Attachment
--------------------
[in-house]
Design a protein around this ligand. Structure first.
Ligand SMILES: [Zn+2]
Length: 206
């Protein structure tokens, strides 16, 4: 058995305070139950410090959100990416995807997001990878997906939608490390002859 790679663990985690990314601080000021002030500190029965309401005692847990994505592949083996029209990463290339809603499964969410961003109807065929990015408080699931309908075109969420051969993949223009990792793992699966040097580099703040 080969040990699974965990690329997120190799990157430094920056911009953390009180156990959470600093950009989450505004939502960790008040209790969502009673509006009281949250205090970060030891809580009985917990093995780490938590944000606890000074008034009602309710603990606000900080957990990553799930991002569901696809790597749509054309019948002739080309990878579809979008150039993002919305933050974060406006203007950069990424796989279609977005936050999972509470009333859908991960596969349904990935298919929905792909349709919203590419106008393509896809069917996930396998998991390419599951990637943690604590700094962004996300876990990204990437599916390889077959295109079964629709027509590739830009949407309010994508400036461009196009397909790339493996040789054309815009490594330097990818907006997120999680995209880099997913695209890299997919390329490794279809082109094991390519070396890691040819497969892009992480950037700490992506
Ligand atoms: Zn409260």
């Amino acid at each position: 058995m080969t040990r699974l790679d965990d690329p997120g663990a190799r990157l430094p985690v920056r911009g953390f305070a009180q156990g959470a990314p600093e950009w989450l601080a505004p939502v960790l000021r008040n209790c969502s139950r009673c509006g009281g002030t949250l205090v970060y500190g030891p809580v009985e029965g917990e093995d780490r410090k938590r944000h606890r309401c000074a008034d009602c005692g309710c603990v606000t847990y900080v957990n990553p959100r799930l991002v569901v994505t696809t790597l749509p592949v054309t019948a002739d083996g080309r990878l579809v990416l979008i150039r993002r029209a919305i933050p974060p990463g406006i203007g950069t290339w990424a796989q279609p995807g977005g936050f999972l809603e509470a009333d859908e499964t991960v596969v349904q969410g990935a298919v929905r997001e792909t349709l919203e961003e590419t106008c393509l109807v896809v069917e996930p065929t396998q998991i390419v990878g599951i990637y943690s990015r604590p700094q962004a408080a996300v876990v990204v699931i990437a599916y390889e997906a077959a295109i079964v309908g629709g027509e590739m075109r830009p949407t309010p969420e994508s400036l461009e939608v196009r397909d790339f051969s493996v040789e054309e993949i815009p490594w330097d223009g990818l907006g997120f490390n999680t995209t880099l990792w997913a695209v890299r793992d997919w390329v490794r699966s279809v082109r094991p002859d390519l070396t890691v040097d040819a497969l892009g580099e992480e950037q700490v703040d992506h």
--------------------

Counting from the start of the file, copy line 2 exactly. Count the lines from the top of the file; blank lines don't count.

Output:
Design a protein around this ligand. Structure first.